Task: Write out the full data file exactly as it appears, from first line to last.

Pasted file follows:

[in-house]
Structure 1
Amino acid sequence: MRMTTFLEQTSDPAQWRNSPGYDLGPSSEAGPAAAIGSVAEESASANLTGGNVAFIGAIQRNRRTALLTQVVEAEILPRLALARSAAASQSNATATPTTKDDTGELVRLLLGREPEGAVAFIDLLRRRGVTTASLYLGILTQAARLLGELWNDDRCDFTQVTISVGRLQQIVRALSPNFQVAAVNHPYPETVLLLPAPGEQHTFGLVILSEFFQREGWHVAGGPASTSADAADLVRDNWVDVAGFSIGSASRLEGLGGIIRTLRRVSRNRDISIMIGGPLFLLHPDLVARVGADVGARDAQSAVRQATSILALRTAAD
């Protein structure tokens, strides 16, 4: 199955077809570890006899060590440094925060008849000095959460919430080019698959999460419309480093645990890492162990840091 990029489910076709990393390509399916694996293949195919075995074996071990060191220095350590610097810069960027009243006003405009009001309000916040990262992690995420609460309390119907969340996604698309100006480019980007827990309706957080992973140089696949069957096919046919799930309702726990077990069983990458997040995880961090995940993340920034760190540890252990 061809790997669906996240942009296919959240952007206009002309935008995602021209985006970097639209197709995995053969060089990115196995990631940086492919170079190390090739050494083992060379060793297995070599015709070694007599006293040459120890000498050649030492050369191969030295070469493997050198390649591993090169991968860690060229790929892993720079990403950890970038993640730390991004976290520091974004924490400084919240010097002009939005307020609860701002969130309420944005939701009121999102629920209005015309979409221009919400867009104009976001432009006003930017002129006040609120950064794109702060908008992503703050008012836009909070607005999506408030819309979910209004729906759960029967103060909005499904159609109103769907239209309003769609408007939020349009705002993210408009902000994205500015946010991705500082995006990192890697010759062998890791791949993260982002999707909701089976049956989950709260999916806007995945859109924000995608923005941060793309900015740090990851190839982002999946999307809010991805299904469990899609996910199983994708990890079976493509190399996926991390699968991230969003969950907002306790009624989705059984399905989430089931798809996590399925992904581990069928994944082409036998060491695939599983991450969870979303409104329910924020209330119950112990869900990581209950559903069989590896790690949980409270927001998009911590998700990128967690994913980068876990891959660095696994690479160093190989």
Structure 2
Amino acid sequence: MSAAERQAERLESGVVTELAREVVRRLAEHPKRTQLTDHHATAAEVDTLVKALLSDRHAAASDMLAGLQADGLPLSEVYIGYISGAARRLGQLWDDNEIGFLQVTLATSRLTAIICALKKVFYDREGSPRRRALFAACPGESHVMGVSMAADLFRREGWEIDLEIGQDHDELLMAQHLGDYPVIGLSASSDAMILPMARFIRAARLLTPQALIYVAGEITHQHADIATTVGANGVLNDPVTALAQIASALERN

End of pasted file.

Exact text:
[in-house]
Structure 1
Amino acid sequence: MRMTTFLEQTSDPAQWRNSPGYDLGPSSEAGPAAAIGSVAEESASANLTGGNVAFIGAIQRNRRTALLTQVVEAEILPRLALARSAAASQSNATATPTTKDDTGELVRLLLGREPEGAVAFIDLLRRRGVTTASLYLGILTQAARLLGELWNDDRCDFTQVTISVGRLQQIVRALSPNFQVAAVNHPYPETVLLLPAPGEQHTFGLVILSEFFQREGWHVAGGPASTSADAADLVRDNWVDVAGFSIGSASRLEGLGGIIRTLRRVSRNRDISIMIGGPLFLLHPDLVARVGADVGARDAQSAVRQATSILALRTAAD
């Protein structure tokens, strides 16, 4: 199955077809570890006899060590440094925060008849000095959460919430080019698959999460419309480093645990890492162990840091 990029489910076709990393390509399916694996293949195919075995074996071990060191220095350590610097810069960027009243006003405009009001309000916040990262992690995420609460309390119907969340996604698309100006480019980007827990309706957080992973140089696949069957096919046919799930309702726990077990069983990458997040995880961090995940993340920034760190540890252990 061809790997669906996240942009296919959240952007206009002309935008995602021209985006970097639209197709995995053969060089990115196995990631940086492919170079190390090739050494083992060379060793297995070599015709070694007599006293040459120890000498050649030492050369191969030295070469493997050198390649591993090169991968860690060229790929892993720079990403950890970038993640730390991004976290520091974004924490400084919240010097002009939005307020609860701002969130309420944005939701009121999102629920209005015309979409221009919400867009104009976001432009006003930017002129006040609120950064794109702060908008992503703050008012836009909070607005999506408030819309979910209004729906759960029967103060909005499904159609109103769907239209309003769609408007939020349009705002993210408009902000994205500015946010991705500082995006990192890697010759062998890791791949993260982002999707909701089976049956989950709260999916806007995945859109924000995608923005941060793309900015740090990851190839982002999946999307809010991805299904469990899609996910199983994708990890079976493509190399996926991390699968991230969003969950907002306790009624989705059984399905989430089931798809996590399925992904581990069928994944082409036998060491695939599983991450969870979303409104329910924020209330119950112990869900990581209950559903069989590896790690949980409270927001998009911590998700990128967690994913980068876990891959660095696994690479160093190989």
Structure 2
Amino acid sequence: MSAAERQAERLESGVVTELAREVVRRLAEHPKRTQLTDHHATAAEVDTLVKALLSDRHAAASDMLAGLQADGLPLSEVYIGYISGAARRLGQLWDDNEIGFLQVTLATSRLTAIICALKKVFYDREGSPRRRALFAACPGESHVMGVSMAADLFRREGWEIDLEIGQDHDELLMAQHLGDYPVIGLSASSDAMILPMARFIRAARLLTPQALIYVAGEITHQHADIATTVGANGVLNDPVTALAQIASALERN